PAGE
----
It takes offensive firepower to best the fifth-ranked offense in the NCAA.
And just one game removed from a lackluster showing in the Big Ten Tournament, it was unclear if the Michigan men’s basketball team would be able to bring the heat.
While the Wolverines (18-15 overall) struggled to conjure up that firepower in the first half, a surge at the start of the second frame fueled them past Toledo (27-8), 90-80, in the first round of the NIT. Behind three consecutive 3-pointers in the opening two minutes of the second half, Michigan demonstrated its determined mindset and well-rounded scoring ability, using those attributes to take control and never look back.
“We stuck together and ultimately didn’t reach our goals across the board this season,” graduate guard Joey Baker said. “But as a unit we decided that we’re gonna go out there and we’re gonna fight and we’re gonna play to win. And that’s what we did — especially in the second half.”
Although that winning mindset was front and center in the final 20 minutes of play, it wasn’t as clear during the first half, and it played a factor in the Wolverines’ 42-40 deficit entering halftime.
The Rockets came out of the gate with a hot hand and a sense of urgency. It quickly became apparent that the matchup would be an offensive battle, and Toledo struck first, starting the game shooting 7-for-9 from the floor. But Michigan countered the Rockets’ fireworks, going 6-for-8 to keep pace with Toledo’s fast, efficient offense.
However, as the Rockets began to lose steam, the Wolverines’ lack of energy materialized and gave them an easy path to recover. Sloppy passes enabled the Rockets to blast off once again, and lethargic rebounding facilitated second-chance opportunities. Michigan did enough to keep the game tight, but the carelessness prevented the Wolverines from surging ahead — something that seemed feasible as Toledo went on a 1-for-12 stretch midway through the half.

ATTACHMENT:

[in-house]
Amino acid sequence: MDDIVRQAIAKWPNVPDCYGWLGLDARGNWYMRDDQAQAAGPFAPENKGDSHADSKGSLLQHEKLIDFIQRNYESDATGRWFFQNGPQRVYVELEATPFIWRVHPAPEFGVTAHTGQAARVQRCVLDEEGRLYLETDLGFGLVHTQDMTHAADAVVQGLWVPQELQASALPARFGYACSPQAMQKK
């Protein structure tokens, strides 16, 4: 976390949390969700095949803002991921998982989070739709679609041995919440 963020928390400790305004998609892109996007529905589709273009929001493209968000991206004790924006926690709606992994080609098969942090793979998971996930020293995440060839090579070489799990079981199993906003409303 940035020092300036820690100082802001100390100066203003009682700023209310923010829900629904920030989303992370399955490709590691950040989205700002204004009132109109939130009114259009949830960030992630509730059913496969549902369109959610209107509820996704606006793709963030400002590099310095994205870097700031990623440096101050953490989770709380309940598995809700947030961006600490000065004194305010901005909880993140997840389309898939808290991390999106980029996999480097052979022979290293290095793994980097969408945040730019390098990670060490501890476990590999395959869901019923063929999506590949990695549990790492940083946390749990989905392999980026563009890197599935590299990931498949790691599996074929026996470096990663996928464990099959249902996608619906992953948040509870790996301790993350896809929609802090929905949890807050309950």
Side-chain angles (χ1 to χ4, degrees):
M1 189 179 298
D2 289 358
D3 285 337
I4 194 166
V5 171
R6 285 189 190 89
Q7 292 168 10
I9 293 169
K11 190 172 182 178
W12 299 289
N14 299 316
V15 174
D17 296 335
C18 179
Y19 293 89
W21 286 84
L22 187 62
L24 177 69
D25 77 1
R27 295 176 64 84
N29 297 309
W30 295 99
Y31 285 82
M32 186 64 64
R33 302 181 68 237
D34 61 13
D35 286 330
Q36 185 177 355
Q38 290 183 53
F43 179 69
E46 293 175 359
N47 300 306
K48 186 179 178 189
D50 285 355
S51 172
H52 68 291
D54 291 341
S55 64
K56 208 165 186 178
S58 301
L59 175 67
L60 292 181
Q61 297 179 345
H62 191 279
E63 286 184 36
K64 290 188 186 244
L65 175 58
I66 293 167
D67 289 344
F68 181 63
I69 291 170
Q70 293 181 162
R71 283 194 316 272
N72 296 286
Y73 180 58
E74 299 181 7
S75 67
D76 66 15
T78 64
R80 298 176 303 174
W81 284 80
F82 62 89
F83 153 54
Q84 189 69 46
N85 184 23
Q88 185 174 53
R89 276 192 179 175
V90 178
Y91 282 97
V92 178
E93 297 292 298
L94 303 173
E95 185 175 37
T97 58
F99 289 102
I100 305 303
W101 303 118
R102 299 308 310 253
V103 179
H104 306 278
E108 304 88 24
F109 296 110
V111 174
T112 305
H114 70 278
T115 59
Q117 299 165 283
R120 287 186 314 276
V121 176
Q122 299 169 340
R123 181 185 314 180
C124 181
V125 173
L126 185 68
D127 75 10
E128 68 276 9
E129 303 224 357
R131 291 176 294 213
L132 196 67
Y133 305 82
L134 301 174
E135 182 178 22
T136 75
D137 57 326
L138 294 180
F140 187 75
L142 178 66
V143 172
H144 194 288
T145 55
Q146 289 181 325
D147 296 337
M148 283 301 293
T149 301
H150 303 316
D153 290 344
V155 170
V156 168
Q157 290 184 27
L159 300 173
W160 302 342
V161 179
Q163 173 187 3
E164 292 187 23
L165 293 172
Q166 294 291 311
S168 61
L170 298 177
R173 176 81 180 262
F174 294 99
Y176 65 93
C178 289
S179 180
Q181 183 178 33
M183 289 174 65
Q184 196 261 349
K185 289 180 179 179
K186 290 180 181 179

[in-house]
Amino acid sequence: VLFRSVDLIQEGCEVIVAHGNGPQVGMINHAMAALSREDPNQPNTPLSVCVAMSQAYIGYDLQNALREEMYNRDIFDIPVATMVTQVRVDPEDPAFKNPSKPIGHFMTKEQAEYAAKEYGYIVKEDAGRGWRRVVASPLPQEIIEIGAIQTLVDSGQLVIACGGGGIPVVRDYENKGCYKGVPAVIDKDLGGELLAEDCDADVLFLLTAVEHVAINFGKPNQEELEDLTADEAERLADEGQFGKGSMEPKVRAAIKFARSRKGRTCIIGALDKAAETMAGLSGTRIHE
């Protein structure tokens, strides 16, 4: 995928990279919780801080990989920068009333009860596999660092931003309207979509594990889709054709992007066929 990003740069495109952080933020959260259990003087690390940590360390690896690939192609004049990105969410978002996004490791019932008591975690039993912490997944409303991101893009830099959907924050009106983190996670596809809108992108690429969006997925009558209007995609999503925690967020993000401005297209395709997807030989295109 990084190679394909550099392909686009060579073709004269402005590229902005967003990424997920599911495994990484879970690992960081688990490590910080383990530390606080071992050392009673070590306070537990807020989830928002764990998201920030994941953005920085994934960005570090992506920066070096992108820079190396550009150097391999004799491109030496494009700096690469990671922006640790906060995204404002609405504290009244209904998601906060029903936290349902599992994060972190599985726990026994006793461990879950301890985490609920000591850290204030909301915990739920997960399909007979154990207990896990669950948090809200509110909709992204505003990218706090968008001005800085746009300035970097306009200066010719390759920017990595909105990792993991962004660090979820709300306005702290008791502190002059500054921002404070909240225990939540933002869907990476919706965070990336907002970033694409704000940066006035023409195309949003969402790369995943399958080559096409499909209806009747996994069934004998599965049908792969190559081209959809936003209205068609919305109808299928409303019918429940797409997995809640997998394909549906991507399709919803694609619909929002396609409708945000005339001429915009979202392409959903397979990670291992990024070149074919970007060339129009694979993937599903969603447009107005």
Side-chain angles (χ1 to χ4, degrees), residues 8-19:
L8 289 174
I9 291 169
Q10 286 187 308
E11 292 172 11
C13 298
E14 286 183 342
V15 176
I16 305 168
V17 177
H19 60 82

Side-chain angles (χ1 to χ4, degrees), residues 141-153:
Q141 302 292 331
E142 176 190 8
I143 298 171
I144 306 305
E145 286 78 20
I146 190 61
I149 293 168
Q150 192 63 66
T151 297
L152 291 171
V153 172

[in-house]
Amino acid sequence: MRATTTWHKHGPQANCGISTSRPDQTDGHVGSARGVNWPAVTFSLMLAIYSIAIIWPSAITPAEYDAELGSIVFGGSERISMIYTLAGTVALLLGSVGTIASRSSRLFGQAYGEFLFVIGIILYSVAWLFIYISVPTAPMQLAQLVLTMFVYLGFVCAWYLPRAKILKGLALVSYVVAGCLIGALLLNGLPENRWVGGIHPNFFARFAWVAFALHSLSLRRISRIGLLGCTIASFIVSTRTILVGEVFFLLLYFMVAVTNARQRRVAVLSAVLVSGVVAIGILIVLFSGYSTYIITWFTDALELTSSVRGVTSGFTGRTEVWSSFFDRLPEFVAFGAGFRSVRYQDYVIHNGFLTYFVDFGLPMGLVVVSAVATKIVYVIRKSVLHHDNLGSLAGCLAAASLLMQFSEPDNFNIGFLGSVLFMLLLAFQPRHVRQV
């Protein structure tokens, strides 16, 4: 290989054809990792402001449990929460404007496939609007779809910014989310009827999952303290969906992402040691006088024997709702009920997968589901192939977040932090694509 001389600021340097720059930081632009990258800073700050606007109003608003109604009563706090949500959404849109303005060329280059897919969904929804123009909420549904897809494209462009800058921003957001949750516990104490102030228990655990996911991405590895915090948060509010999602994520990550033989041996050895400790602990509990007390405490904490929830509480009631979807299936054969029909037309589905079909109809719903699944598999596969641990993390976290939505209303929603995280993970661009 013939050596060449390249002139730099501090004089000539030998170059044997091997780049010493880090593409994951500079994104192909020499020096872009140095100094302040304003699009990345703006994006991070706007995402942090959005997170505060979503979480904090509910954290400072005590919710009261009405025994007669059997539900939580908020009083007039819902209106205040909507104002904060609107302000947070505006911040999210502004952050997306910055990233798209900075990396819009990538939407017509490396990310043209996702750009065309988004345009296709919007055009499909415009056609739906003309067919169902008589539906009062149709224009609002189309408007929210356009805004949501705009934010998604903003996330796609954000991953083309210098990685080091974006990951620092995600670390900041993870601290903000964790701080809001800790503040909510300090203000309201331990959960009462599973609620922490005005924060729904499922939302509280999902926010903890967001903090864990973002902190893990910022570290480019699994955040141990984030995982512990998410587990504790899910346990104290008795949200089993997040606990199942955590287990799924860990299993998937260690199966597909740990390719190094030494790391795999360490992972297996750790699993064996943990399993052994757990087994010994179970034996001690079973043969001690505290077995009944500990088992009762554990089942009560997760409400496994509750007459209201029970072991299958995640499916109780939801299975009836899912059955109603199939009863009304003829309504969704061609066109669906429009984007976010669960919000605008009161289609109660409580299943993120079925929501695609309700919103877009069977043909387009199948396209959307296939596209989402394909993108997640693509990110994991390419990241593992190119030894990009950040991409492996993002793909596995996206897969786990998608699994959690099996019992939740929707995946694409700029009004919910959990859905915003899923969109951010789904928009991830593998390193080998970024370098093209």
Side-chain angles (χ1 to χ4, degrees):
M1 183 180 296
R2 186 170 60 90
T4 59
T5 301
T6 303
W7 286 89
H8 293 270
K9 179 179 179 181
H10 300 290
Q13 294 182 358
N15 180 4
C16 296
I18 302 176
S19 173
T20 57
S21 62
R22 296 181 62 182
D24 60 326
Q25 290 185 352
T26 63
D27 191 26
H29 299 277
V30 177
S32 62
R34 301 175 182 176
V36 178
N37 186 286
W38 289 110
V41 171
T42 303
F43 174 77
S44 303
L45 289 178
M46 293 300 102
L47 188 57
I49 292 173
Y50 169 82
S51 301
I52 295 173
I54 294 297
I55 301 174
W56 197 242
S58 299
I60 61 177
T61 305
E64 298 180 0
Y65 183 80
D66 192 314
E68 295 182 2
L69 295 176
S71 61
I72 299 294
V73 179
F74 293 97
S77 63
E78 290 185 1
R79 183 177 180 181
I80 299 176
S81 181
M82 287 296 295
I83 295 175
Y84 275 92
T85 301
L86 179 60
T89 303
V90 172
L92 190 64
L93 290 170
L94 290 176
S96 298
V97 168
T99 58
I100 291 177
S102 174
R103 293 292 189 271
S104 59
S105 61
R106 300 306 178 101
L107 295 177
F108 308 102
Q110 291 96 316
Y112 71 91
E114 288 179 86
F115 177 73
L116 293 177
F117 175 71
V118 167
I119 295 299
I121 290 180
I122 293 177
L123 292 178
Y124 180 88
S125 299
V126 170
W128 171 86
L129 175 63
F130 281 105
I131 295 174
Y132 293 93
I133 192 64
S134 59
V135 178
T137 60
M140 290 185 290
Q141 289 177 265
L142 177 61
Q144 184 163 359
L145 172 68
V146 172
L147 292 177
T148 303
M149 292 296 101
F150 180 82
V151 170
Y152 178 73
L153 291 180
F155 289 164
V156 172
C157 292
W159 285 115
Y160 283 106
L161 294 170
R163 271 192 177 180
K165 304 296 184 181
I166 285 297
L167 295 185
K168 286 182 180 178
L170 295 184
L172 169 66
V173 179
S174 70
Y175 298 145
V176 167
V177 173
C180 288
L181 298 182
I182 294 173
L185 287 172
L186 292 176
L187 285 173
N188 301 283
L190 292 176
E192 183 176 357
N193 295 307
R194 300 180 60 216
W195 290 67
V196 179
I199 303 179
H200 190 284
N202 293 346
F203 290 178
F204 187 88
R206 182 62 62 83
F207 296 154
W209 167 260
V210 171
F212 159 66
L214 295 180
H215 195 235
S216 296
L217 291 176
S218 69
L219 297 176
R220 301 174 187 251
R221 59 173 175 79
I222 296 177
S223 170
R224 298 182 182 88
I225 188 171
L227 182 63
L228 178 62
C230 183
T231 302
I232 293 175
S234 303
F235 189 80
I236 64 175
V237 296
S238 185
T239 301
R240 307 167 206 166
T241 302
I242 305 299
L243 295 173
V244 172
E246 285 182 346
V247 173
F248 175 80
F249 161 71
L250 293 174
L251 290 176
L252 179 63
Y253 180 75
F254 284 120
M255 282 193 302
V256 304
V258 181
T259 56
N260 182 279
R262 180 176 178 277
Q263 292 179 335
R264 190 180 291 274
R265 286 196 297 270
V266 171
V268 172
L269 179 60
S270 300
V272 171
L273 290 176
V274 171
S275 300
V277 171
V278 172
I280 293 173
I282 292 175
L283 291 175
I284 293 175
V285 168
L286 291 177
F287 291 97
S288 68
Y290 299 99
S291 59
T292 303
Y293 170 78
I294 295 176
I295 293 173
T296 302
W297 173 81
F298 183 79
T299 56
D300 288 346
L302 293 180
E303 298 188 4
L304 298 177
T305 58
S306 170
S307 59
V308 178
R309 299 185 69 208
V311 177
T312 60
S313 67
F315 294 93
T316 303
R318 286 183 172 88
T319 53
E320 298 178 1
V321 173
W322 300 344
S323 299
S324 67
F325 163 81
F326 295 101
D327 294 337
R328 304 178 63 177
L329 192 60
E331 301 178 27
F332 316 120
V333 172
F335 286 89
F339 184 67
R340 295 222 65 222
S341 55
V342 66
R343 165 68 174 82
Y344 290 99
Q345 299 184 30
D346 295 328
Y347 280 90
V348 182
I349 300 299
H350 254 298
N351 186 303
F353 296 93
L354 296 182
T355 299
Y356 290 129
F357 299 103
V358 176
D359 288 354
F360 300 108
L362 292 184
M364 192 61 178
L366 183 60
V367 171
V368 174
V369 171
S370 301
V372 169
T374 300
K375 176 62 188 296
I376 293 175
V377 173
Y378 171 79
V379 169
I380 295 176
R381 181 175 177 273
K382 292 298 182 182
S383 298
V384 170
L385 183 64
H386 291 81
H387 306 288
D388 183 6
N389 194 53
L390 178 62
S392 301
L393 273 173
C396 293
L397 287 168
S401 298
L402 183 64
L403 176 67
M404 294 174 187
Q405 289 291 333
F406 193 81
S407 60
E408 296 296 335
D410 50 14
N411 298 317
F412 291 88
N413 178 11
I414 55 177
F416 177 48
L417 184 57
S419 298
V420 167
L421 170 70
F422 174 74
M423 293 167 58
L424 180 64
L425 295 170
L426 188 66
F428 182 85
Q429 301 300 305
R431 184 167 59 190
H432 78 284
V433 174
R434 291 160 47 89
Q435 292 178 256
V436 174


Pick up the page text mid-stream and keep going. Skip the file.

Although Michigan never took control throughout the first 20 minutes, it found more success by turning to junior center Hunter Dickinson. With a six-inch advantage over the Rockets’ tallest starter, Dickinson’s presence in the paint gave the Wolverines an edge. But he only had 10 points to show for that advantage down low in the first frame.
“We realized that we were playing a really talented team and that if we didn’t lock in and buckle up on defense that we were going to lose, and we didn’t want to go out like that,” Baker said. “It was kind of just an understood thing as a team. We were gonna go out there and we’re gonna hoop.”
That’s exactly what Michigan did coming out of halftime.
Although the Wolverines didn’t immediately capitalize on Dickinson’s vertical advantage in the second half, they found key production from beyond the arc. Fueled by the three consecutive triples, Michigan started the second half on an 11-0 run.
Then Dickinson fully got going. On back-to-back possessions, freshman guard Dug McDaniel fed the ball to a cutting Dickinson, who either scored or drew the foul.
“(I) knew that my guys were gonna look for me,” Dickinson said. “They did, they found me in great positions to score on a lot of plays. But I knew they were probably going to double team me as well, and so I tried to make the right play and find my teammates that were open.”
The double threat of Dickinson in the paint and hot-handed guards around him proved to be just what Michigan needed. As the Wolverines consistently connected from deep in the second half, they forced Toledo to choose between leaving open looks for shooters or covering Dickinson down low.
Regardless of the Rockets’ choice, Michigan made them pay.
And as the Wolverines began to string together stops on the defensive end, they ballooned a comfortable lead to a three-possession game with five minutes left — something they struggled to do for the majority of the contest and season at large.
When Michigan needed to, it got the necessary stops. Although its shooting boom was counteracted partially by similar issues the Wolverines faced in the first half — namely lethargic rebounding — they tightened up on the defensive glass down the stretch.
With that development and its offense continuing to thrive, Michigan remained in control. Shooting 7-for-11 from three in the second half, the Wolverines sustained their newfound offensive firepower, And double-digit scoring from four starters only expanded their arsenal.
The Rockets may be known for their prolific scoring, but on Tuesday it was Michigan’s offense that took flight. And in an offense-powered contest, that was exactly what it took to win.